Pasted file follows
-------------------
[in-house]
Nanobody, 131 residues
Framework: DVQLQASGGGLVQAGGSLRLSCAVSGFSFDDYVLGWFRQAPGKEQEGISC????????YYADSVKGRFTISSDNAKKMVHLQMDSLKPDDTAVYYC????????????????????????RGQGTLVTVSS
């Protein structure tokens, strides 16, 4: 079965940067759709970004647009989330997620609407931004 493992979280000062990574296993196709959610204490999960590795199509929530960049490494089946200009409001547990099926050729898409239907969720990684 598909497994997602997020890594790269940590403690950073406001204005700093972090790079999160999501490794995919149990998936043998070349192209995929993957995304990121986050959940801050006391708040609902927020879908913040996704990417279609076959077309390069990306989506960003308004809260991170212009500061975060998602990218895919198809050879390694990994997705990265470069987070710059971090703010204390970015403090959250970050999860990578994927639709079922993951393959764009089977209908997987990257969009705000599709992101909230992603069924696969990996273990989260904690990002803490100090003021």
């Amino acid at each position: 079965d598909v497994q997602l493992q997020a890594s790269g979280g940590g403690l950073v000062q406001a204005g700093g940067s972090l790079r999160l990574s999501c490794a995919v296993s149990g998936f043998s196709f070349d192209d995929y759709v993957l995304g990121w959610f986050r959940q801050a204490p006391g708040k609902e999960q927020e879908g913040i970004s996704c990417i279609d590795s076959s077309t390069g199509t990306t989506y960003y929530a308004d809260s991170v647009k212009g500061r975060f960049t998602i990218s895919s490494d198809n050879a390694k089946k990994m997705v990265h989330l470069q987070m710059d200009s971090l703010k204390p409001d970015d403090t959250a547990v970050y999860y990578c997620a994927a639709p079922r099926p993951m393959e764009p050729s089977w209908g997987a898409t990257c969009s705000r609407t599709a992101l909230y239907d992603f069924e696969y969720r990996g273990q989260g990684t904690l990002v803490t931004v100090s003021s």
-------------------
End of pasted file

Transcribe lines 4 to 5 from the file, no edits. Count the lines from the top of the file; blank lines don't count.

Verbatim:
């Protein structure tokens, strides 16, 4: 079965940067759709970004647009989330997620609407931004 493992979280000062990574296993196709959610204490999960590795199509929530960049490494089946200009409001547990099926050729898409239907969720990684 598909497994997602997020890594790269940590403690950073406001204005700093972090790079999160999501490794995919149990998936043998070349192209995929993957995304990121986050959940801050006391708040609902927020879908913040996704990417279609076959077309390069990306989506960003308004809260991170212009500061975060998602990218895919198809050879390694990994997705990265470069987070710059971090703010204390970015403090959250970050999860990578994927639709079922993951393959764009089977209908997987990257969009705000599709992101909230992603069924696969990996273990989260904690990002803490100090003021």
């Amino acid at each position: 079965d598909v497994q997602l493992q997020a890594s790269g979280g940590g403690l950073v000062q406001a204005g700093g940067s972090l790079r999160l990574s999501c490794a995919v296993s149990g998936f043998s196709f070349d192209d995929y759709v993957l995304g990121w959610f986050r959940q801050a204490p006391g708040k609902e999960q927020e879908g913040i970004s996704c990417i279609d590795s076959s077309t390069g199509t990306t989506y960003y929530a308004d809260s991170v647009k212009g500061r975060f960049t998602i990218s895919s490494d198809n050879a390694k089946k990994m997705v990265h989330l470069q987070m710059d200009s971090l703010k204390p409001d970015d403090t959250a547990v970050y999860y990578c997620a994927a639709p079922r099926p993951m393959e764009p050729s089977w209908g997987a898409t990257c969009s705000r609407t599709a992101l909230y239907d992603f069924e696969y969720r990996g273990q989260g990684t904690l990002v803490t931004v100090s003021s």